Rabbits use certain sounds and body postures to communicate.
It’s fascinating how keen observation of your rabbit’s behavior reveals a lot.
This article explains the nitty-gritty of the rabbit’s language.
How Do Rabbits Communicate?
Rabbits communicate with other rabbits in a complicated yet exciting way.
Remember, they are used to live in groups.
And pack animals usually have a communication structure that follows a chain of command.
You will see this hierarchy even with two rabbits (one tells the other what to do).
Their communication also depends on age, sex, or personality.
And it may come as a surprise, but your rabbits have also included you in their communication hierarchy.
How Do They Communicate With Their Opposite Sex?
In the wild, rabbits live as couples while strictly following the established chain of command.
This behavior doesn’t change when you bring them home.
The male and female rabbits will retain the same bond at home.
Most owners prefer to spay or neuter their cats and dogs to avoid courtship issues, territorial behaviors, and aggression.
You can do the same for your pet rabbit.
Aggression and conflicts among pet rabbits are mostly territorial.
So, when you get a new rabbit, please keep it in a separate pen for about a month.
Even after being desexed, the hormones take time to cool down.
This separation is necessary.
Desexing also prevents having too many pets.
How Will Your New Rabbit Fit in?
Rabbits are quite good at imitating behavior.
It’s done as the Romans do kind of thing.
And what a relief this is. Why?
You don’t have to train your new rabbit.
Through communication, your newcomer will know the eating patterns, sleeping patterns, and where to litter.
How cool is that!
How Do Rabbits Bond?
Rabbits show affection through bonding.
You will see them cleaning, eating, sleeping, and sometimes going to the litter together.
Interestingly, they are also very competitive for attention.
For example, if one sees you attending to another too much, it will come wanting a piece of that attention.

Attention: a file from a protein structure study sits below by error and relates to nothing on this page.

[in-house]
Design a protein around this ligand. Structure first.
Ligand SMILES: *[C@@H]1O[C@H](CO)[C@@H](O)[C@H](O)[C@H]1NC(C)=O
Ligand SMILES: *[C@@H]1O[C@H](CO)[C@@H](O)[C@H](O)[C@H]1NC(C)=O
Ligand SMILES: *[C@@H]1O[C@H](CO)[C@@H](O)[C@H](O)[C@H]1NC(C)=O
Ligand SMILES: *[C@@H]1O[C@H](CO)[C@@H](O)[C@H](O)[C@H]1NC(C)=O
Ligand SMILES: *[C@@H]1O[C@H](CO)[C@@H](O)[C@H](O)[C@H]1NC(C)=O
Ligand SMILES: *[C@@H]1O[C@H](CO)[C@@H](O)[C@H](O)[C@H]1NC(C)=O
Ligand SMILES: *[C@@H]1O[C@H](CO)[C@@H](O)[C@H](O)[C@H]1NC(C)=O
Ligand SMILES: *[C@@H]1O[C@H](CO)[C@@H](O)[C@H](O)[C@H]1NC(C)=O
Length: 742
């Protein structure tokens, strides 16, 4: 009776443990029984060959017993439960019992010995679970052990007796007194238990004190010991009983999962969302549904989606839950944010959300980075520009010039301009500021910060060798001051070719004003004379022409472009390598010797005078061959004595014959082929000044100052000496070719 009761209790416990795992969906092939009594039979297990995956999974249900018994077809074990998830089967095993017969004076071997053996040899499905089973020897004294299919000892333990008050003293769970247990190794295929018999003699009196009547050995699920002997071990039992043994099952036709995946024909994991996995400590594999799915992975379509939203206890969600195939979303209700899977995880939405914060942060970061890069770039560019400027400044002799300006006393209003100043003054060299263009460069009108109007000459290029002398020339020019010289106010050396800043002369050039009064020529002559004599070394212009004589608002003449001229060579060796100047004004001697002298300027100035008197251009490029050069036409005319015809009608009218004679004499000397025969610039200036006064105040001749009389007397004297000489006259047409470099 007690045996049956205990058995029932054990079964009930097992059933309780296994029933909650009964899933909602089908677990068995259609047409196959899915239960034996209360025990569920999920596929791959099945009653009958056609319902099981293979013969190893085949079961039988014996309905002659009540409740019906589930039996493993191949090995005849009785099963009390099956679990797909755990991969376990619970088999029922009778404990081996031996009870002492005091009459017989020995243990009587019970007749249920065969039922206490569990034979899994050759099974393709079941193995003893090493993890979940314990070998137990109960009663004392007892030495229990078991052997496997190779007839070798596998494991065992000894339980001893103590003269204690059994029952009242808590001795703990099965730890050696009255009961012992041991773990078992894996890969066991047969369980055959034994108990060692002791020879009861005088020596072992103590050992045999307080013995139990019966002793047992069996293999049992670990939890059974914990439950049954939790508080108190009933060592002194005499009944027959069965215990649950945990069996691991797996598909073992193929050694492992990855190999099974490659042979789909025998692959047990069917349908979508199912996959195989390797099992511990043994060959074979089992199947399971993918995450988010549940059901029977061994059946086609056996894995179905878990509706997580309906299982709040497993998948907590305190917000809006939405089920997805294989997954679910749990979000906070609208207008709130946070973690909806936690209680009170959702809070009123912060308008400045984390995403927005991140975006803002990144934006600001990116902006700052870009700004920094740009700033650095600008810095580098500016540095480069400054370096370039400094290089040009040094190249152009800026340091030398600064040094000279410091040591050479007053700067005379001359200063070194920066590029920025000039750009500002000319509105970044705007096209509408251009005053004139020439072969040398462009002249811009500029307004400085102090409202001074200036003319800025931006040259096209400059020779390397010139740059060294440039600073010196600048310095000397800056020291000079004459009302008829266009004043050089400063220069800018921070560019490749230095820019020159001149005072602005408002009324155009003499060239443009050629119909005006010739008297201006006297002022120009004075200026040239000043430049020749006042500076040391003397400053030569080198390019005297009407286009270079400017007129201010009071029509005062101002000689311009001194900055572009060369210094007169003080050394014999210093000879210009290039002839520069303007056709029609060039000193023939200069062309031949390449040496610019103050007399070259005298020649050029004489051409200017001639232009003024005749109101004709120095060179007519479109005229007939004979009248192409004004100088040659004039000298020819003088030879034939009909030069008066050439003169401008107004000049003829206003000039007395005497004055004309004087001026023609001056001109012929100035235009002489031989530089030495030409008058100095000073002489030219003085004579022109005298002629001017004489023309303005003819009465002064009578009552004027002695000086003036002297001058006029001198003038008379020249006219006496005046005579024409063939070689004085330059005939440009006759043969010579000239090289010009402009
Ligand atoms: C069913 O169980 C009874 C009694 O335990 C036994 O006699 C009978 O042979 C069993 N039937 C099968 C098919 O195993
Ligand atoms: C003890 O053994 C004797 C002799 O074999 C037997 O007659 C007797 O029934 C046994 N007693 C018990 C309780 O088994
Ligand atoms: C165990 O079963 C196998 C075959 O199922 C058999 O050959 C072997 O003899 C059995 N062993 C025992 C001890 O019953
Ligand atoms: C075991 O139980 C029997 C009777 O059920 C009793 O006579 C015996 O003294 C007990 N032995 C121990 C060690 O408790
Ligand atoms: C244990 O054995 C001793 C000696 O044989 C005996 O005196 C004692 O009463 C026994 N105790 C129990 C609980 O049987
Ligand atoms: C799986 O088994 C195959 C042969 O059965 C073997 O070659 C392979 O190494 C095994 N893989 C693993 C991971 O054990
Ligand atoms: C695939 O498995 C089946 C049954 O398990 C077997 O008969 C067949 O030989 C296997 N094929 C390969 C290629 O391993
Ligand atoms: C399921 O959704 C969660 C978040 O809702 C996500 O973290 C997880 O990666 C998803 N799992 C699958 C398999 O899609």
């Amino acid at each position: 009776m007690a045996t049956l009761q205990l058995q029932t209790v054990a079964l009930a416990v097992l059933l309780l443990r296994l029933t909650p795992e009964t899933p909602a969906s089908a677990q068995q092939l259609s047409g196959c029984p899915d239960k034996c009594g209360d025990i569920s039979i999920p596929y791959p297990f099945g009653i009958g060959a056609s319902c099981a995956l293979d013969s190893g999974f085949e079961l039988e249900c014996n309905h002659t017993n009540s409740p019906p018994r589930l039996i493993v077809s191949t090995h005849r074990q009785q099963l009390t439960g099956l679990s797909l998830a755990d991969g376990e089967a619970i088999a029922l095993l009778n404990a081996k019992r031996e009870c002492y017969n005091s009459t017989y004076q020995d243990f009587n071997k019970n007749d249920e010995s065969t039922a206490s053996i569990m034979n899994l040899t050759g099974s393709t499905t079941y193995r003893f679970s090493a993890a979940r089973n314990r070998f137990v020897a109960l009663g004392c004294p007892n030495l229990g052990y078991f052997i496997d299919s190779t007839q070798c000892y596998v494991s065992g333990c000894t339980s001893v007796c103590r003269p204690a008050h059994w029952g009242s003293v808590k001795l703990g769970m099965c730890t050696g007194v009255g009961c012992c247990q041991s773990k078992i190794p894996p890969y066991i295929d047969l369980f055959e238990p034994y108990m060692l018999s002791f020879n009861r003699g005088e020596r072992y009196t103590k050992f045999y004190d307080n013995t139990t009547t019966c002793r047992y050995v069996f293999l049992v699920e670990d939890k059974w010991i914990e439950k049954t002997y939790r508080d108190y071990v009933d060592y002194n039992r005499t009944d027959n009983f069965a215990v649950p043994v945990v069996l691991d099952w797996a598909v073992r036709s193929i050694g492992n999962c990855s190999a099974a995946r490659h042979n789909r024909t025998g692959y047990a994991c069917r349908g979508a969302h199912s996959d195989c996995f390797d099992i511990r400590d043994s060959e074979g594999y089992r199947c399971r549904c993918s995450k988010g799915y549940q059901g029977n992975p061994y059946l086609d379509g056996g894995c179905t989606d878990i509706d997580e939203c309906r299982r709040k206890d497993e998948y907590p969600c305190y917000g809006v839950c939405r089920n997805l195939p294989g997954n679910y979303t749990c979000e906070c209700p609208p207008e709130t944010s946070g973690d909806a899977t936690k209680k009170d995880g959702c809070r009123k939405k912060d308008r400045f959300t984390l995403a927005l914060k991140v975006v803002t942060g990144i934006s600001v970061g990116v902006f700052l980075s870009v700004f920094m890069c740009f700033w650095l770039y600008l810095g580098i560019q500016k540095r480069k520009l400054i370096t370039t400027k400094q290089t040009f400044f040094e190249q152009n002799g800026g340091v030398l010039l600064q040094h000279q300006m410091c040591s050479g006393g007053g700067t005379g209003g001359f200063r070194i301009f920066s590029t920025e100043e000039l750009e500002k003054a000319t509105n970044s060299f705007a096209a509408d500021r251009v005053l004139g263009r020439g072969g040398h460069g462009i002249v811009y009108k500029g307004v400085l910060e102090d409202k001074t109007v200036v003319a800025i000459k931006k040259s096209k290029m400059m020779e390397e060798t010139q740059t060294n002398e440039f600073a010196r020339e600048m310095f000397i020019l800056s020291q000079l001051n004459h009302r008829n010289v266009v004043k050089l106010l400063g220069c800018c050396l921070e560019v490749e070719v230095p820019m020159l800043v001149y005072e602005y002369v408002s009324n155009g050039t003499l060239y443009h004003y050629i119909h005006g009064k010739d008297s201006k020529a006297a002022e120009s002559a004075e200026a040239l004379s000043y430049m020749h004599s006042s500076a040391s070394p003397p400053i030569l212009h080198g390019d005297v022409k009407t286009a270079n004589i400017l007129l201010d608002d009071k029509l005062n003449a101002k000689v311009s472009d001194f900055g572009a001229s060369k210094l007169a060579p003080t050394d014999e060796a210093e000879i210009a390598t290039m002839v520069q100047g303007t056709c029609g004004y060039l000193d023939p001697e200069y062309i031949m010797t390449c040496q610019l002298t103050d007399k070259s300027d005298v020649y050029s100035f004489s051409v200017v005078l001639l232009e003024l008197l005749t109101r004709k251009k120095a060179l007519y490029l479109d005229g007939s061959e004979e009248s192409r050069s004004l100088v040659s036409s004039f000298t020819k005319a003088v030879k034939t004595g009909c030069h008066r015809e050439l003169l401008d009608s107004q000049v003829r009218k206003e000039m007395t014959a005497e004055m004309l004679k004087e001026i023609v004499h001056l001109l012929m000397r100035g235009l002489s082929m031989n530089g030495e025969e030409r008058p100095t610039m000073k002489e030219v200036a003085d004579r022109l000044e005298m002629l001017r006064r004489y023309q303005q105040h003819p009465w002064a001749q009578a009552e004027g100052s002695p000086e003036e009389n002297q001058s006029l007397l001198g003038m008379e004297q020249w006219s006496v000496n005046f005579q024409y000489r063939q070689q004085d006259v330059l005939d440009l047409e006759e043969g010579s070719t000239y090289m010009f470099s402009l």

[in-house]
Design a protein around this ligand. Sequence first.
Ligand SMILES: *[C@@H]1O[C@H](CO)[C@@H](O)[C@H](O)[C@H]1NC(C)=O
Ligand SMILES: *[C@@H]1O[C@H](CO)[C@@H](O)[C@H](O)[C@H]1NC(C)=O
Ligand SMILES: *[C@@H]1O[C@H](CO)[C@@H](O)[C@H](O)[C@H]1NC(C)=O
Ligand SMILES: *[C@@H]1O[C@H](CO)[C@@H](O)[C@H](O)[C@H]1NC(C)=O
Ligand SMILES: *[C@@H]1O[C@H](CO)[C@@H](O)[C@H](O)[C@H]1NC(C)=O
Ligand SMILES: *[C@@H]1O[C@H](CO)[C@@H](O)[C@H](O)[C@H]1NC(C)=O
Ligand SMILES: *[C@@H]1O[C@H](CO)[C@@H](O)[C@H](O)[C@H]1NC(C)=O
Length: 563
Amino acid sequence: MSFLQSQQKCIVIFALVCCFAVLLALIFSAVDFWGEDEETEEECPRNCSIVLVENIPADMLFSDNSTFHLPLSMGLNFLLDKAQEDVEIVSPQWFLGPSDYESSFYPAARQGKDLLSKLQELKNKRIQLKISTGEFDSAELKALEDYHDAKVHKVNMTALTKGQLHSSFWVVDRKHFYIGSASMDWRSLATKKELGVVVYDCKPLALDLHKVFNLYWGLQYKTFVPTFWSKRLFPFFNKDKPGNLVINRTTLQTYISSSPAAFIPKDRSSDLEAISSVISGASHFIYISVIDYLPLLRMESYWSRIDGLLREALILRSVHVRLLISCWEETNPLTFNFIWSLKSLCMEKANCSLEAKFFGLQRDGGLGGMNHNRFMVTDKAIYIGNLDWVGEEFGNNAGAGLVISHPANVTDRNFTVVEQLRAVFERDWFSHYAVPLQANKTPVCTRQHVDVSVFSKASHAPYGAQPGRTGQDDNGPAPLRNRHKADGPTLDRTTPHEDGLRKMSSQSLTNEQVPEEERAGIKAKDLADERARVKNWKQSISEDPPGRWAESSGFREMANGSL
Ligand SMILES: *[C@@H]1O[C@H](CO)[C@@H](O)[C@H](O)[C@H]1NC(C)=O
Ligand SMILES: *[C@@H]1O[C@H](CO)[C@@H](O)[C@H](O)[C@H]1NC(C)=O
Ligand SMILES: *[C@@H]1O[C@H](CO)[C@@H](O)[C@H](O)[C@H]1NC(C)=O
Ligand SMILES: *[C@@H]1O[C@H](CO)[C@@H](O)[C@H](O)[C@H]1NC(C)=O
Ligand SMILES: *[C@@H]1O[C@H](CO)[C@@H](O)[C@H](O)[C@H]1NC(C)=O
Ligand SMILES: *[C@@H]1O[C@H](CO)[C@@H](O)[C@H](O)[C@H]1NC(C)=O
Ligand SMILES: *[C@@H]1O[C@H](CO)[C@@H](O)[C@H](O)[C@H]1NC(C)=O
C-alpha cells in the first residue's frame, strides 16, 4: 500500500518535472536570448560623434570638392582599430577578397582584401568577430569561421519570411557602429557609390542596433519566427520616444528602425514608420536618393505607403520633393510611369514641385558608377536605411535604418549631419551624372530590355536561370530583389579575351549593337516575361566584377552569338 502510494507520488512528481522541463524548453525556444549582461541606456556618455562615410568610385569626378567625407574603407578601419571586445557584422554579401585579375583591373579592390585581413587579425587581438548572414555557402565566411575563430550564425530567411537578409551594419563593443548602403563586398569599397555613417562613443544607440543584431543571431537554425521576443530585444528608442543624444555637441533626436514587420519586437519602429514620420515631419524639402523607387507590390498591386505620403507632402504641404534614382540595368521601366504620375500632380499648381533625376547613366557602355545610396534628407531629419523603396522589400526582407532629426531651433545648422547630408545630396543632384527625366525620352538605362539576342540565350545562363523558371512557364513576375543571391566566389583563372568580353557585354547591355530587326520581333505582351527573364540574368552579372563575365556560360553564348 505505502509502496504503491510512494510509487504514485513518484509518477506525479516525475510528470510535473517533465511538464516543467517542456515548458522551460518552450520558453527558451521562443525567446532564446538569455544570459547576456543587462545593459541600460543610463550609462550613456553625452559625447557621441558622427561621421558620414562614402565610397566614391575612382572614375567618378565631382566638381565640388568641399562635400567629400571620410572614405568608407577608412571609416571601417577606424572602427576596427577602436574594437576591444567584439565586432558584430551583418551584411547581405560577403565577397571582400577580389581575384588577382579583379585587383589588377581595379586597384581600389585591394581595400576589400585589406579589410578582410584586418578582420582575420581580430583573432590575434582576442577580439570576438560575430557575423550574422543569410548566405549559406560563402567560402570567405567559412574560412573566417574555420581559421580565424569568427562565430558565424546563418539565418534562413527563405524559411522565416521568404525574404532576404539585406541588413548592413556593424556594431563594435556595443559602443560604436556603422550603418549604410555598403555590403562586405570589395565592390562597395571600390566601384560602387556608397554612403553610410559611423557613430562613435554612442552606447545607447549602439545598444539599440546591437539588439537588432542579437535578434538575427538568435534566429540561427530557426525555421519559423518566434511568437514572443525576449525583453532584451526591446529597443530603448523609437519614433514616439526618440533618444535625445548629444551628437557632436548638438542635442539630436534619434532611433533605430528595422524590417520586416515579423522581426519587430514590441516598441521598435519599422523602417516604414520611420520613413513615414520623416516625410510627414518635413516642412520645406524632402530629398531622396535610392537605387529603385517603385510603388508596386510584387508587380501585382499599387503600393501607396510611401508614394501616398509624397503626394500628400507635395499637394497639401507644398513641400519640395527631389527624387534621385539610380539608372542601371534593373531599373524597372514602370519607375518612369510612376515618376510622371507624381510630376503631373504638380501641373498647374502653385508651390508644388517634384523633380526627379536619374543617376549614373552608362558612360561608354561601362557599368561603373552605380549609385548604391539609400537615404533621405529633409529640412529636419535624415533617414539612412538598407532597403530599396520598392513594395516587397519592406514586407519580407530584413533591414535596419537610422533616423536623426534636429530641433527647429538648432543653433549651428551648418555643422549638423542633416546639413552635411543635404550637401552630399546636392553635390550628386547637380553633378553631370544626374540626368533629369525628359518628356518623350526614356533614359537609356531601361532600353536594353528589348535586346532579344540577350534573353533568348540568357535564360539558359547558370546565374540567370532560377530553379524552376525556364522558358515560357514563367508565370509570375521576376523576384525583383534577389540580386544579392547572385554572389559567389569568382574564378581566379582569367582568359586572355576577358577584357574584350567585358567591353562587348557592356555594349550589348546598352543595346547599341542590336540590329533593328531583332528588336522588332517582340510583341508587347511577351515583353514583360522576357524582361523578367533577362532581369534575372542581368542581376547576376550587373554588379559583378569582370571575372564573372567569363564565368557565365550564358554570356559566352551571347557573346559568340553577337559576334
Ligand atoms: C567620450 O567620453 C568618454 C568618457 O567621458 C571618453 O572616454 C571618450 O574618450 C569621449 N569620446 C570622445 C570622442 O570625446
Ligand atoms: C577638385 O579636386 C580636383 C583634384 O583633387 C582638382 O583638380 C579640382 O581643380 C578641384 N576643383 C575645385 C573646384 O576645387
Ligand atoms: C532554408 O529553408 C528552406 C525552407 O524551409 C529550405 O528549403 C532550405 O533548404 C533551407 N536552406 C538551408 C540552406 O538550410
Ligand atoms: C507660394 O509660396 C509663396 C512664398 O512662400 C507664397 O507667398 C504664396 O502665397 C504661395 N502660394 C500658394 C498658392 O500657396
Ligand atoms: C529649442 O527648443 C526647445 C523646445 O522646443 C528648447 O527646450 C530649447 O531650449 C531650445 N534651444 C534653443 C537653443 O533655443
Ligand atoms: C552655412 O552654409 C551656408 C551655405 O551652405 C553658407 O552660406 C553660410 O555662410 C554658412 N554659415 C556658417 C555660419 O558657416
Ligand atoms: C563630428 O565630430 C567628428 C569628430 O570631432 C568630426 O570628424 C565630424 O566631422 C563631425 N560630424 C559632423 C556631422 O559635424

How Does the Chain of Command Work?
Rabbits in the wild have an established hierarchy.
This chain of command reduces conflict. The same happens with domestic ones.
Sometimes you may see who’s boss; sometimes, the hierarchy is more subtle.
Remember when we said the owner is also part of this chain?
Well, female rabbits, for instance, mostly stay close to you for food or attention.
To them, maybe, you are the highest member in their pecking order.
Female rabbits are also more territorial than males.
If a new male rabbit joins their home, they won’t be very accommodating.
The male must first become submissive.
However, male rabbits are very accommodating to newcomer females.
Why Do Rabbits Grunt?
Rabbits display their anger by grunting.
They may also bite and scratch.
This may be aimed at other rabbits, pets, or their owners.
They mostly grunt when they sense danger, protect their food, or if they don’t want to be touched.
What Are They Showing When Mounting or spraying?
Sometimes hormones may get the better of your rabbit.
If your rabbit is mounting other rabbits or spraying everything in their path, they are hormonal.
You have one solution: desexing.
Spaying or neutering stops this aggression.
However, some desexed rabbits still spray to mark their territory or establish dominance.
Droppings Patterns Are Changing: Is This Part of Their Language?
Poop is a powerful weapon for rabbits.
When a new rabbit is around, the host rabbit stops piling its poop in a single place.
It will drop them around its marked territory instead.
The good thing is that they bond fast. This behavior ends after some days.
Isn’t it fantastic to understand your pet?
Behavior change, body postures, and rabbit sounds convey a lot.
The rabbit may also honk, tooth-click, nose-nudge, circle, chine, etc. as a means of communication.
Only by observation will you learn what the rabbit is telling you or what little plans they have cooking amongst themselves.